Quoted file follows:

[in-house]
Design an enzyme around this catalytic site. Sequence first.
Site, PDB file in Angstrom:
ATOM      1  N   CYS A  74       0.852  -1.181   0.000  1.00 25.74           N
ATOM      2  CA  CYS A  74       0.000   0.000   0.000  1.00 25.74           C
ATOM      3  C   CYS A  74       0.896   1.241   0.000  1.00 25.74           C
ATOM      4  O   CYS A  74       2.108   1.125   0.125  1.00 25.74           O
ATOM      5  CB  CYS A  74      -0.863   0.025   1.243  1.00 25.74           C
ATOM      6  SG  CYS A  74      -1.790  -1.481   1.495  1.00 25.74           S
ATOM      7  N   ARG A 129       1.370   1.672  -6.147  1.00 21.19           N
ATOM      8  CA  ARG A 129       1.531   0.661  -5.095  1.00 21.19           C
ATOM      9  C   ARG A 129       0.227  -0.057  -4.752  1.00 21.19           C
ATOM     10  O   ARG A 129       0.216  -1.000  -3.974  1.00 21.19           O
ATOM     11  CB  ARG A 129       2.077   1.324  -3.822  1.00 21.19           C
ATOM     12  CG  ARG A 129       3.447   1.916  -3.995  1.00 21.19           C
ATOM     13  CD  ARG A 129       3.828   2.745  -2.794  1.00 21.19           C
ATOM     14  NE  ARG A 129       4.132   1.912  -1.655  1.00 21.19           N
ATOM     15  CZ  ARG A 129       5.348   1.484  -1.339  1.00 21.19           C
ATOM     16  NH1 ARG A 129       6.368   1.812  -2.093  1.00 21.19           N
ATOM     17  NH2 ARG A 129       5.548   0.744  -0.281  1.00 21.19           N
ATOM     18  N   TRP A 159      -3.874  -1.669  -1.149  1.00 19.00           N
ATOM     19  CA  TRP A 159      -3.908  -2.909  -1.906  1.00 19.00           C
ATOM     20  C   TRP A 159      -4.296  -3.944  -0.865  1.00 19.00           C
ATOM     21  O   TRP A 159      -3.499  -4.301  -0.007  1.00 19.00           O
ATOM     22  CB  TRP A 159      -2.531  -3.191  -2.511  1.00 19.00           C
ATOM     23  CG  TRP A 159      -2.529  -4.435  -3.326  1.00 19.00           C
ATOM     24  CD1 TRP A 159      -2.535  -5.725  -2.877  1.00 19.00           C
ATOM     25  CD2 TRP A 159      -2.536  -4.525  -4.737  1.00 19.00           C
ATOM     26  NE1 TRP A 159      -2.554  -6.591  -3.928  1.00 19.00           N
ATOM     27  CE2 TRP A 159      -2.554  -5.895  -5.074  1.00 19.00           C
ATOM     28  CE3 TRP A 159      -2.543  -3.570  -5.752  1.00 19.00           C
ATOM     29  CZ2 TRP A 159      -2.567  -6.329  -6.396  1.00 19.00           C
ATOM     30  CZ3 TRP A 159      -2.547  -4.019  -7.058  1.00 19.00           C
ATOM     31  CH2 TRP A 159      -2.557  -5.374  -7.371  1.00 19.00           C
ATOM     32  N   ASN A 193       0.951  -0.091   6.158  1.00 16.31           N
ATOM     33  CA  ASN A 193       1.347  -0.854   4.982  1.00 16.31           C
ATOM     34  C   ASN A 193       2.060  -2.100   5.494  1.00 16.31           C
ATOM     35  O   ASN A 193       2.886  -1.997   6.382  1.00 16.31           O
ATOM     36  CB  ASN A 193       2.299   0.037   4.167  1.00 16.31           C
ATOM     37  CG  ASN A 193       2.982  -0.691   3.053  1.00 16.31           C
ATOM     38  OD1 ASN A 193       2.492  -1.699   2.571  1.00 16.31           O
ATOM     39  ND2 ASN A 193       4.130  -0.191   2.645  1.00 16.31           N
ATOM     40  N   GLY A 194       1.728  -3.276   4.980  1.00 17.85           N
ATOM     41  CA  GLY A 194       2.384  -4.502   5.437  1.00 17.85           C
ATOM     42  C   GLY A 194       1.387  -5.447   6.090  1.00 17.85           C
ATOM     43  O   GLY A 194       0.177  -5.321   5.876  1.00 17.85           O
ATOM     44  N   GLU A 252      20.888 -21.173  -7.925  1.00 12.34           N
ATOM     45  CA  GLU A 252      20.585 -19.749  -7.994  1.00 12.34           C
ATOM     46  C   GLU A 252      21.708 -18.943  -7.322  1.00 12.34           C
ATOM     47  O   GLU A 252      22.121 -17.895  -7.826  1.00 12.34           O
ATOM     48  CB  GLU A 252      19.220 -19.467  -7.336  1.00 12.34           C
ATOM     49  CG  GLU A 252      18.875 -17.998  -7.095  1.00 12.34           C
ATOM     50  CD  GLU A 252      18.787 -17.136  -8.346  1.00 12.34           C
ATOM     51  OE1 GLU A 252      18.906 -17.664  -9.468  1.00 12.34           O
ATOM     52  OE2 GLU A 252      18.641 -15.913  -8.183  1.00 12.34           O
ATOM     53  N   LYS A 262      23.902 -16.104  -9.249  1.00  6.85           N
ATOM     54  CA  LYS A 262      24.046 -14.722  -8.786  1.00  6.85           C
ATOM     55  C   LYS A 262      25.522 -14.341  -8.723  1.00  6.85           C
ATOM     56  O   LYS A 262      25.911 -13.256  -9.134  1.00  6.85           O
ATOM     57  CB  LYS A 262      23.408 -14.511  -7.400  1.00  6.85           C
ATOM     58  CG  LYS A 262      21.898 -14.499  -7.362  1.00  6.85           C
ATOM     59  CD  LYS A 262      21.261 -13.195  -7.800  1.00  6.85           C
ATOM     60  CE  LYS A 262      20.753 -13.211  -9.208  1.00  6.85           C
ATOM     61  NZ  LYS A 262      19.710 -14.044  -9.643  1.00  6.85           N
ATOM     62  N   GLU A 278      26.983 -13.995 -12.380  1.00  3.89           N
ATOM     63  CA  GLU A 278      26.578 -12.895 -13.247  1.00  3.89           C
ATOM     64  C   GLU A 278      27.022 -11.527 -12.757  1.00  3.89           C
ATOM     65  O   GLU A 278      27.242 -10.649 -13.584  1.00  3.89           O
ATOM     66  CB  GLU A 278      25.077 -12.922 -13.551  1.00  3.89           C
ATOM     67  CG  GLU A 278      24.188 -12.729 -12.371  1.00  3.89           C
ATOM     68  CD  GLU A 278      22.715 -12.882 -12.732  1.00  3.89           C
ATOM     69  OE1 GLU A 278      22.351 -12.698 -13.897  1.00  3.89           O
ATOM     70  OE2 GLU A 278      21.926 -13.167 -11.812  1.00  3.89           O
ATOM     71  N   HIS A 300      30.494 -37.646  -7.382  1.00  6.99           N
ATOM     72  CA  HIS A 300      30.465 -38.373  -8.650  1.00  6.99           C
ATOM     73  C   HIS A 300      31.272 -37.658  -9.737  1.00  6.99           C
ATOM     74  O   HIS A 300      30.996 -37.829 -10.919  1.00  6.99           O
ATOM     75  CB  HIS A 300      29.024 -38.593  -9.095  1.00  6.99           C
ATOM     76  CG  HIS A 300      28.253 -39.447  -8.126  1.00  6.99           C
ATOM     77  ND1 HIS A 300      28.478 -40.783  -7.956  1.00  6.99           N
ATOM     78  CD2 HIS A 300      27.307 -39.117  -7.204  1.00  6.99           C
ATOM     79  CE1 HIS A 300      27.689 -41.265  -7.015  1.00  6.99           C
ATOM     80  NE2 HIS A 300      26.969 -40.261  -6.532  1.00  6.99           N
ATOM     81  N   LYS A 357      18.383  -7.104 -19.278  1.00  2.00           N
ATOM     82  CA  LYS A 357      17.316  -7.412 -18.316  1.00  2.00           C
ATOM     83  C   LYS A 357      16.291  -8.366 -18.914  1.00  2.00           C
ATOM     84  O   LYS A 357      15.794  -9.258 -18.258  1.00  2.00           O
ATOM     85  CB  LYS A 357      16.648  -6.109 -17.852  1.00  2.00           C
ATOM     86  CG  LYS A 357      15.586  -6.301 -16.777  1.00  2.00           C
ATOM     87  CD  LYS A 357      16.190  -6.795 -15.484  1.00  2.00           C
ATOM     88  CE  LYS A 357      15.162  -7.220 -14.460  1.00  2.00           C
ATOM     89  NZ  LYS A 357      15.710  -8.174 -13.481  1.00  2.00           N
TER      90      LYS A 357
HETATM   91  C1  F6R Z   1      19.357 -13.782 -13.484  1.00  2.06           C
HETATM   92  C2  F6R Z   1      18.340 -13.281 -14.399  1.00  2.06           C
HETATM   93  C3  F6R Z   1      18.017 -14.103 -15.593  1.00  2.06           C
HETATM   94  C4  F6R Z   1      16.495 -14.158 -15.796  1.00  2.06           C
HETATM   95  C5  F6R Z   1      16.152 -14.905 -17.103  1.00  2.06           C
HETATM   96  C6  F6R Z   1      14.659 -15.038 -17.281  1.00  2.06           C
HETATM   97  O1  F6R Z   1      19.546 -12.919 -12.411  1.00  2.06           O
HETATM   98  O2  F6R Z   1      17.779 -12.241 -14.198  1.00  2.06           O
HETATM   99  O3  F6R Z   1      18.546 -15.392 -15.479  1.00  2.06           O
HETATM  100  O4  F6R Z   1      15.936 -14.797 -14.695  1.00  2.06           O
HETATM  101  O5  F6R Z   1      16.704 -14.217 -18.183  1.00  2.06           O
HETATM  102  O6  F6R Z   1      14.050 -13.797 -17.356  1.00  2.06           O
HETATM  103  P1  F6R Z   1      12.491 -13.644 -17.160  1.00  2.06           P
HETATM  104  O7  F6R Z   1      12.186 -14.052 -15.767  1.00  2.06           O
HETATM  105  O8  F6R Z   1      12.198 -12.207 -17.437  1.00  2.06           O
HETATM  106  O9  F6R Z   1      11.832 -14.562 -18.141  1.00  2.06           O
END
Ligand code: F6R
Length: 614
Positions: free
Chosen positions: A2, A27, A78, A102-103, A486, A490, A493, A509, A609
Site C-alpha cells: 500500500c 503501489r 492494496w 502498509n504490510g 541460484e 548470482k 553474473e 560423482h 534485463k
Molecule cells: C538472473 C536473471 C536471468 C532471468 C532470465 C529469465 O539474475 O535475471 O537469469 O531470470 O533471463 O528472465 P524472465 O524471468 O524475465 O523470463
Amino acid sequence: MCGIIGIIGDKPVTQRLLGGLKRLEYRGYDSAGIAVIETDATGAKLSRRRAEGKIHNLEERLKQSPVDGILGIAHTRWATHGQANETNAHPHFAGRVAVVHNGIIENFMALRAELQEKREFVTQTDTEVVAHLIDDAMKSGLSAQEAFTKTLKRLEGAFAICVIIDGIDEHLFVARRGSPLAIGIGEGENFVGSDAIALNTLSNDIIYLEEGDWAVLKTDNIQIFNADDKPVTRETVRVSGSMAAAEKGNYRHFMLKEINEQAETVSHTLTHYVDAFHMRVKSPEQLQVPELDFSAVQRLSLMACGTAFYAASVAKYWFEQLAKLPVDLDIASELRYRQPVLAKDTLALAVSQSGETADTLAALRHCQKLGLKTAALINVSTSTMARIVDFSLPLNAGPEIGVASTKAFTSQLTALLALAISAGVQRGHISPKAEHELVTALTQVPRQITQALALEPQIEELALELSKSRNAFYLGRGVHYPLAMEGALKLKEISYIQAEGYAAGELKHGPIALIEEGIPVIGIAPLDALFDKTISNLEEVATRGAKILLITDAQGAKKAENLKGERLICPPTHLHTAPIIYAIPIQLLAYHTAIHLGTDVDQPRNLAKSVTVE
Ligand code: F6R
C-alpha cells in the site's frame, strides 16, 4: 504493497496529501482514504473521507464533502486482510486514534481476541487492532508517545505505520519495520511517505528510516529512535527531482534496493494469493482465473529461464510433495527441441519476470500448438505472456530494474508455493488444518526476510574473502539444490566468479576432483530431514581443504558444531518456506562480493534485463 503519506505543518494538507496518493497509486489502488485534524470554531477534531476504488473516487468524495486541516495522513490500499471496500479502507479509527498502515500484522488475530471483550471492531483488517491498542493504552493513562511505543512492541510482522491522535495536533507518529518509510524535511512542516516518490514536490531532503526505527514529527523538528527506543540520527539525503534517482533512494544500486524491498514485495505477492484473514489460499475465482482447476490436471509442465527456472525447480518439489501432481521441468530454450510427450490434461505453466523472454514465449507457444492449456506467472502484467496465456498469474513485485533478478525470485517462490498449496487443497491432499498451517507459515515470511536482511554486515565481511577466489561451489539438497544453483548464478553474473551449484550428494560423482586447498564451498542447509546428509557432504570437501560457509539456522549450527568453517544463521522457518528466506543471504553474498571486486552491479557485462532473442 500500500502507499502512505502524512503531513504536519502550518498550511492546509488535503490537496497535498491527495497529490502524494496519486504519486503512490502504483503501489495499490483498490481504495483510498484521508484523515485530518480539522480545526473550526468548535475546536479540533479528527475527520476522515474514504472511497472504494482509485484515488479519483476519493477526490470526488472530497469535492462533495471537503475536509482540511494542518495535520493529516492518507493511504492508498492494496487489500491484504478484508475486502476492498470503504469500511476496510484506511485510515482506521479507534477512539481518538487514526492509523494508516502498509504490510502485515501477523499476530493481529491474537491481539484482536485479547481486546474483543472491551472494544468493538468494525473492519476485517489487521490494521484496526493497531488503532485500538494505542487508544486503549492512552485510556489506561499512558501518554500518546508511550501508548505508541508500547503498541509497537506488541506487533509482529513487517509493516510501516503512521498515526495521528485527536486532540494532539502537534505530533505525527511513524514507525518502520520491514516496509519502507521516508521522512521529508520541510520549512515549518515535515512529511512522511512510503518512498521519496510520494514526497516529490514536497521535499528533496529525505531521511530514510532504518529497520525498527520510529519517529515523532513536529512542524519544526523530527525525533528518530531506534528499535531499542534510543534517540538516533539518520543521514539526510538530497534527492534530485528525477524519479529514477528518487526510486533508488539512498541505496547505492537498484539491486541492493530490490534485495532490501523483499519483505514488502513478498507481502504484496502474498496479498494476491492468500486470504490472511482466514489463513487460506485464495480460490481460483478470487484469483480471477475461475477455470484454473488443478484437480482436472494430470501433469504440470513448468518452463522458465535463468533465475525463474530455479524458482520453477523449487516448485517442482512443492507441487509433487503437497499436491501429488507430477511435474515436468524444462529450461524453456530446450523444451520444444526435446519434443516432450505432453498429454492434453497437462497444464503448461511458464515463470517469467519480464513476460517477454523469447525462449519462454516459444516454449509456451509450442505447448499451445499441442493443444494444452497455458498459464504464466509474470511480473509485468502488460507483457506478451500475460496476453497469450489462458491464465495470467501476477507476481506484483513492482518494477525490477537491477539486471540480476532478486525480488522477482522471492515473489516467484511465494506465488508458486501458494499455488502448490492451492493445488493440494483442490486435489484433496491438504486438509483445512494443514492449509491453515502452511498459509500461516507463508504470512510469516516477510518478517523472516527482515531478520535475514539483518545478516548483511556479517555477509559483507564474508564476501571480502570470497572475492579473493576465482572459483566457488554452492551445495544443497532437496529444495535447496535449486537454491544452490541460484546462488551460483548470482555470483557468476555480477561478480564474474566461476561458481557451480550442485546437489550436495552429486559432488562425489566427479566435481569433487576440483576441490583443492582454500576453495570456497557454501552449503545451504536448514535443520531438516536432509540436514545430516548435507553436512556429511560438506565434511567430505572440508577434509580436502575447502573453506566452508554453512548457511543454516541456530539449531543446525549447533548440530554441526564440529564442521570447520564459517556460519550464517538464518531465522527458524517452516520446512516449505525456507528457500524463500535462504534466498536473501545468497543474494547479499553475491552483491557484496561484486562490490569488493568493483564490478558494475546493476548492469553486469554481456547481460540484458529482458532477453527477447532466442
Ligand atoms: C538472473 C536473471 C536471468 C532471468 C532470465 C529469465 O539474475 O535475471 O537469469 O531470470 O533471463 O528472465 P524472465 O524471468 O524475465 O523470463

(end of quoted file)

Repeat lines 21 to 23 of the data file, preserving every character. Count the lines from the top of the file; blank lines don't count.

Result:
ATOM     18  N   TRP A 159      -3.874  -1.669  -1.149  1.00 19.00           N
ATOM     19  CA  TRP A 159      -3.908  -2.909  -1.906  1.00 19.00           C
ATOM     20  C   TRP A 159      -4.296  -3.944  -0.865  1.00 19.00           C